What is pyometra?
In its simplest terms, pyometra is an infection in the uterus. However, most
cases of pyometra are much more difficult to manage than a routine infection.
Infection in the lining of the uterus is established as a result of hormonal
changes. Following estrus ("heat"), progesterone levels remain elevated for
8-10 weeks and thicken the lining of the uterus in preparation for pregnancy.
If pregnancy does not occur for several estrus cycles, the lining continues
to increase in thickness until cysts form within it. The thickened, cystic lining
secretes fluids that create an ideal environment in which bacteria can grow.
Additionally, high progesterone levels inhibit the ability of the muscles in
the wall of the uterus to contract.
Are there other situations that cause the changes in the uterus?
Yes. The use of progesterone-based drugs can do this. In addition, estrogen
will increase the effects of progesterone on the uterus. Drugs containing both
hormones are used to treat certain conditions of the reproductive system.
How do bacteria get into the uterus?
The cervix is the gateway to the uterus. It remains tightly closed except
during estrus When it is open, bacteria that are normally found in the vagina
can enter the uterus rather easily. If the uterus is normal, the environment
is adverse to bacterial survival; however, when the uterine wall is thickened
and cystic, perfect conditions exist for bacterial growth. In addition, when
these abnormal conditions exist, the muscles of the uterus cannot contract properly.
This means that bacteria that enter the uterus cannot be expelled.
When does it occur?
Pyometra may occur in young to middle-aged dogs; however, it is most common
in older dogs. After many years of estrus cycles without pregnancy, the uterine
wall undergoes the changes that promote this disease.
The typical time for pyometra to occur is about 1-2 months following estrus
What are the clinical signs of a dog with pyometra?
The clinical signs depend on whether or not the cervix is open. If it is open,
pus will drain from the uterus through the vagina to the outside. It is often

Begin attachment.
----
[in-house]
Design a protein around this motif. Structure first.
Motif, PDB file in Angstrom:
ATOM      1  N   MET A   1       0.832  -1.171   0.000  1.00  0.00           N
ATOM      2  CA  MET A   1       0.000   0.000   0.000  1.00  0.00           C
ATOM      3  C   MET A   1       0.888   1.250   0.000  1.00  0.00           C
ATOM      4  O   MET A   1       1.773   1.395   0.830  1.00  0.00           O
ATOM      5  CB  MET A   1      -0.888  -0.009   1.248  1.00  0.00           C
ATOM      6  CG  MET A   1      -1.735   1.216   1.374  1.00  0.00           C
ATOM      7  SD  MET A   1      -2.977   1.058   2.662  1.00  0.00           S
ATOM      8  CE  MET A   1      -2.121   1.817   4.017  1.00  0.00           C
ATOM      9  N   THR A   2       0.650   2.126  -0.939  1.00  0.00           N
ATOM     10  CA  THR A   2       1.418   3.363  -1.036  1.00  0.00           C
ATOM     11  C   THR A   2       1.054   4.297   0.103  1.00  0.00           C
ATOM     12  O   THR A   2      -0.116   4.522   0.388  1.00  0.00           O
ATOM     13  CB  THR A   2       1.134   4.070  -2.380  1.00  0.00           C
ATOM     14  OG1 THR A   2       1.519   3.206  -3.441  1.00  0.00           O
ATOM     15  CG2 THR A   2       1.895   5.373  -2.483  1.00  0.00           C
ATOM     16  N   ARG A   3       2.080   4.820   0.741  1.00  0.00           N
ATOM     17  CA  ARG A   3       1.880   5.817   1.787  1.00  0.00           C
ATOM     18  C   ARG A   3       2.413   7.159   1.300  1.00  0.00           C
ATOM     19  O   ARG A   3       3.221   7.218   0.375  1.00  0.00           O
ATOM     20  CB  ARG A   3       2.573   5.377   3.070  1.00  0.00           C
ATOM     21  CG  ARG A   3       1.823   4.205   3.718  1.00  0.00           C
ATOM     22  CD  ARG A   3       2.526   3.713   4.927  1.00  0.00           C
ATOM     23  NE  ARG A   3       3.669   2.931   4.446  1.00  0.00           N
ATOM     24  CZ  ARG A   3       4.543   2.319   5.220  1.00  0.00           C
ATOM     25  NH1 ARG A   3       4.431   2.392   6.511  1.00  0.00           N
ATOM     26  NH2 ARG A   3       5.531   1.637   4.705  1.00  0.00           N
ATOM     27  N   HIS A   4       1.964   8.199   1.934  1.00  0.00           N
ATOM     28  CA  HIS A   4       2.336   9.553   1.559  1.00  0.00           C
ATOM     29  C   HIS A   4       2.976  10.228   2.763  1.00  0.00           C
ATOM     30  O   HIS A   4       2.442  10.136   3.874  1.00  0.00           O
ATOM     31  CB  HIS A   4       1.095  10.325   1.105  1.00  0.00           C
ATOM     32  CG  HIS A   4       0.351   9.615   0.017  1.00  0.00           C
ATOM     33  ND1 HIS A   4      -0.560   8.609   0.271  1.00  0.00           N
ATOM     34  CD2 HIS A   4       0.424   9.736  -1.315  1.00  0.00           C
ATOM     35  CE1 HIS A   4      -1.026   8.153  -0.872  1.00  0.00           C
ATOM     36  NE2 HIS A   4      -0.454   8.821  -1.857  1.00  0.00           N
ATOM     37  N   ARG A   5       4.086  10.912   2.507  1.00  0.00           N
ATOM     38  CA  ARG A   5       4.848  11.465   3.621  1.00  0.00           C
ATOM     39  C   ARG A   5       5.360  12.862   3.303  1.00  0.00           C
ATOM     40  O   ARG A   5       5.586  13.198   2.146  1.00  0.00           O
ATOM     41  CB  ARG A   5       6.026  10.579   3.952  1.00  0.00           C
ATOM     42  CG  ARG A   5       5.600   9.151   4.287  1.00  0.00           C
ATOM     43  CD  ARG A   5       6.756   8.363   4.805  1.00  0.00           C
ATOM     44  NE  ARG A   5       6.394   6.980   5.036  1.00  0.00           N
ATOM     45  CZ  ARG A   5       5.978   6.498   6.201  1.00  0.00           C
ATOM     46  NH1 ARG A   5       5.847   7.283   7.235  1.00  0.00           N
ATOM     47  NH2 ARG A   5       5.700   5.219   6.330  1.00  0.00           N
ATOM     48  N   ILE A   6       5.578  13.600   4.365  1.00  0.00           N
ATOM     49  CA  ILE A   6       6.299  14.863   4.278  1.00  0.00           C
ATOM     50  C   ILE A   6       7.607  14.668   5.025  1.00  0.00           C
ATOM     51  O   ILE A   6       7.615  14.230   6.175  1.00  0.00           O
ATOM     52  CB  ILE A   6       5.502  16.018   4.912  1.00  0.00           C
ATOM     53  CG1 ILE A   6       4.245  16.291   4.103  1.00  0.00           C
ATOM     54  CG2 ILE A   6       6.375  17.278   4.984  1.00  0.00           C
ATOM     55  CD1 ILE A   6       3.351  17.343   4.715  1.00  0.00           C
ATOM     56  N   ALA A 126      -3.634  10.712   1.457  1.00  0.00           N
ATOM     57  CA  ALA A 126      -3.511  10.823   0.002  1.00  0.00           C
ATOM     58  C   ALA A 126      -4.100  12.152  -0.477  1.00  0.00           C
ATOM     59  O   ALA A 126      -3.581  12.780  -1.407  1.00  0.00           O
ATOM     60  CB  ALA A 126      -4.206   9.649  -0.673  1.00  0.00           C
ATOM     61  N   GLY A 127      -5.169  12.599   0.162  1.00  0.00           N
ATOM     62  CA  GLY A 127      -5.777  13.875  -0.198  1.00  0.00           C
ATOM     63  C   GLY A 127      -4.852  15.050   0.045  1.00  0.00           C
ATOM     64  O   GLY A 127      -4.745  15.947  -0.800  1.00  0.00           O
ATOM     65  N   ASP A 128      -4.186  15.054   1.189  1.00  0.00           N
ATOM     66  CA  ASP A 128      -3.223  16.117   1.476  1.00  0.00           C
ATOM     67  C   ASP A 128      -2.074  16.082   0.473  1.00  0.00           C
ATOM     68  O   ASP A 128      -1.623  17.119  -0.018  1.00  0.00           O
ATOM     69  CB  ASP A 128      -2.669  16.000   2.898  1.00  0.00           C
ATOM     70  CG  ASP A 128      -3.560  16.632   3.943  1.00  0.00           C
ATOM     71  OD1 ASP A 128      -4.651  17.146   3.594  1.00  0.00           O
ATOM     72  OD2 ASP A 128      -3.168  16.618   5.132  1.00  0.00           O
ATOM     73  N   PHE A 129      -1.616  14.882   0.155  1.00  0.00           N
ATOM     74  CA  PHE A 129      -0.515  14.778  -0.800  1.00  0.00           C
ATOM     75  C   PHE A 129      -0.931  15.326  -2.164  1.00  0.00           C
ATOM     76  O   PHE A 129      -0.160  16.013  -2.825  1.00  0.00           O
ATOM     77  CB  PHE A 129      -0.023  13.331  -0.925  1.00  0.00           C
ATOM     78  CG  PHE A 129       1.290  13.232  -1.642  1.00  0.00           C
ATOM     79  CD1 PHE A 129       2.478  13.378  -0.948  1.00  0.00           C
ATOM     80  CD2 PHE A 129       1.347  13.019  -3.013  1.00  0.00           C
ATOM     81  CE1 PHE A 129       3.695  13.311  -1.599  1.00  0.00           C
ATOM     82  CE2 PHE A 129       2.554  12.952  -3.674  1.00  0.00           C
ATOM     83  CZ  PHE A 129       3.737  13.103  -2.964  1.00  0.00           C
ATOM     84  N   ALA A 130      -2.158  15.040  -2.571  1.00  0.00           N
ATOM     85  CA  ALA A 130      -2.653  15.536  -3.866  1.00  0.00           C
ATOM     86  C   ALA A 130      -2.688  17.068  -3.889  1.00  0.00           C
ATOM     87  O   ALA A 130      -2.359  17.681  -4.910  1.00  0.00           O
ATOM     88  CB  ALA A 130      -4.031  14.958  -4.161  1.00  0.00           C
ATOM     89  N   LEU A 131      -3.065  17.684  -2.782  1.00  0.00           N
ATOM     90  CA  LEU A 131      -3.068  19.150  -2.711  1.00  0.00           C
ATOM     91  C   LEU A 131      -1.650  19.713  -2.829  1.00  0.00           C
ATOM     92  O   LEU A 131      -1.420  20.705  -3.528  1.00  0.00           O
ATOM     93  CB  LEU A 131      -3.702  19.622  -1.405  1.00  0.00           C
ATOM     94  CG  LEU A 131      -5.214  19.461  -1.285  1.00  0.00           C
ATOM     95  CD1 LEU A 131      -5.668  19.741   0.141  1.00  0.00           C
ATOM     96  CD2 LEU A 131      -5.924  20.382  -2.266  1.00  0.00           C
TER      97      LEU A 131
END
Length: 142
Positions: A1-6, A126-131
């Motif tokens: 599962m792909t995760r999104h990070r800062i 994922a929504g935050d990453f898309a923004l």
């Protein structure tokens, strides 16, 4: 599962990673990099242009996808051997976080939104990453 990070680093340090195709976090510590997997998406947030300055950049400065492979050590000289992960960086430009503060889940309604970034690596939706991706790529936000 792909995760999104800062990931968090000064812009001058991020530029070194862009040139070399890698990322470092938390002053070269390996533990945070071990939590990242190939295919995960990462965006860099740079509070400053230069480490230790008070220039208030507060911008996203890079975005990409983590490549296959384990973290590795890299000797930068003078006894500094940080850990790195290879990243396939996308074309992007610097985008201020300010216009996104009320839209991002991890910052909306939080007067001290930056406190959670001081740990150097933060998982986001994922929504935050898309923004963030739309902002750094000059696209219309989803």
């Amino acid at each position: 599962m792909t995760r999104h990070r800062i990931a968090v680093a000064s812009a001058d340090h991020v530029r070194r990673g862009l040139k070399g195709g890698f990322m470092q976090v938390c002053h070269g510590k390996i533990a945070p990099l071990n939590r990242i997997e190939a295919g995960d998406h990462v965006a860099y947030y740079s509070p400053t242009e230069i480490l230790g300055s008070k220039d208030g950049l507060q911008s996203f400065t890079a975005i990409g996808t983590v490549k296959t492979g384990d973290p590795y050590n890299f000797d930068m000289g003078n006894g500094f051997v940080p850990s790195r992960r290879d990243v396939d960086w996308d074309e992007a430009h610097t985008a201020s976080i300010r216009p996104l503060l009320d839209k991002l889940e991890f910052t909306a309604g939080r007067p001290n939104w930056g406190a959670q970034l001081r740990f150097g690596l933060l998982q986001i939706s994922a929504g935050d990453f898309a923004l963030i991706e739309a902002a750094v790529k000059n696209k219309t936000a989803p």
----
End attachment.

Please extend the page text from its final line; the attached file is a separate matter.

noted on the skin or hair under the tail or on bedding and furniture where the
dog has laid. Fever, lethargy, anorexia, and depression may or may not be present.
If the cervix is closed, pus that forms is not able to drain to the outside.
It collects in the uterus causing distention of the abdomen. The bacteria release
toxins which are absorbed into the circulation. These dogs often become severely
ill very rapidly. They are anorectic, very listless, and very depressed. Vomiting
or diarrhea may be present. Toxins from the bacteria affect the kidney's ability
to retain fluid. Increased urine production occurs, and the dog drinks an excess
of water. This occurs in both open- and closed-cervix pyometra.
How is it diagnosed?
A very ill female dog that is drinking an increased amount of water and has
not been spayed is always suspected of having pyometra. This is especially true
if there is a vaginal discharge or an enlarged abdomen. Dogs with pyometra have
a marked elevation of the white blood cell count and often have an elevation
of globulins (a type of protein produced by the immune system) in the blood.
The specific gravity of the urine is very low due to the toxic effects of the
bacteria on the kidneys. However, all of these abnormalities may be present
in any dog with a major bacterial infection.
If the cervix is closed, radiographs (x-rays) of the abdomen will often identify
the enlarged uterus. If the cervix is open, there will often be such minimal
uterine enlargement that the radiograph will not be conclusive. An ultrasound
examination can also be helpful in identifying an enlarged uterus and differentiating
that from a normal pregnancy.
How is it treated?
The preferred treatment is to surgically remove the uterus and ovaries. This
is called an ovariohysterectomy ("spay"). However, these dogs are quite ill
so the surgery is not as routine as the same surgery in a healthy dog. Intravenous
fluids are often needed before and after surgery. Antibiotics are given for
My dog is a valuable breeding bitch. Can anything else be done other than
There is a medical approach to treating pyometra. Prostaglandins are a group
of hormones that reduce the blood level of progesterone, relax and open the
cervix, and contract the uterus to expel bacteria and pus. They can be used
successfully to treat this disease, but they are not always successful and they
have some important limitations.
1. They cause side-effects of restlessness, panting, vomiting, defecation,
salivation, and abdominal pain. The side-effects occur within about 15 minutes
of an injection and last for a few hours. They become progressively milder with
each successive treatment and may be lessened by walking the dog for about 30
minutes following an injection.
2. There is no clinical improvement for about 48 hours so dogs that are severely
ill are poor candidates.
3. Because they contract the uterus, it is possible for the uterus to rupture
and spill infection into the abdominal cavity. This is most likely to happen
when the cervix is closed.
There are some important statistics that you should know about this form of
1. The success rate for treating open-cervix pyometra is 75-90%.
2. The success rate for treating closed-cervix pyometra is 25-40%.
3. The rate of recurrence of the disease is 50-75%.
4. The chances of subsequent successful breeding is 50-75%.
What happens if neither of the above treatments are given?
The chance of successful treatment without surgery or prostaglandin treatment
is extremely low. If treatment is not performed quickly, the toxic effects from
the bacteria will be fatal. If the cervix is closed, it is also possible for
the uterus to rupture, spilling the infection into the abdominal cavity. This
will also be fatal.
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